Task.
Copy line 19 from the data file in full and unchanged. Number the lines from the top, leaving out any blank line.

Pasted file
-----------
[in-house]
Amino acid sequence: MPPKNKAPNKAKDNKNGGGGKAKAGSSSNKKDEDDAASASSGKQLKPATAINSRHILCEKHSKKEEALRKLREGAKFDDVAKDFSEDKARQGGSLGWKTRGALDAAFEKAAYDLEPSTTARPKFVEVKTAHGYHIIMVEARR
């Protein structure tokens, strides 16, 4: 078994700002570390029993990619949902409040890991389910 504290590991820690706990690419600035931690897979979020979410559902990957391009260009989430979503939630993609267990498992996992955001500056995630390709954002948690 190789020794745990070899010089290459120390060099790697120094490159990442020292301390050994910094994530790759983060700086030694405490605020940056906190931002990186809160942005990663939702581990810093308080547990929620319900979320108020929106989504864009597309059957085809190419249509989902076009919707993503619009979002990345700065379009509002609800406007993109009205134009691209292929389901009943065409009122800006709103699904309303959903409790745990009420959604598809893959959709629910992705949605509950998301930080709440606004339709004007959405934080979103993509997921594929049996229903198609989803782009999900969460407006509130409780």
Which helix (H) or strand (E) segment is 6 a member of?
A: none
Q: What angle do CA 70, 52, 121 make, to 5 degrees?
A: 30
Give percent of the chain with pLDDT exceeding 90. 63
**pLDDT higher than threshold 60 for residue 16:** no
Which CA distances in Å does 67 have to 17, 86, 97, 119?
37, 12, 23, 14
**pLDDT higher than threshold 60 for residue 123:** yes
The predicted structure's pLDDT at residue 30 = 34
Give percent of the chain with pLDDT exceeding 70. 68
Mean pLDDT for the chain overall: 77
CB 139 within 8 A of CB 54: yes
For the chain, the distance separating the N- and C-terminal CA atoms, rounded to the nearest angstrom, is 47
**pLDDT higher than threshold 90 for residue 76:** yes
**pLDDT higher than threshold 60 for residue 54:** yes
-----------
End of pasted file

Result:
**pLDDT higher than threshold 60 for residue 54:** yes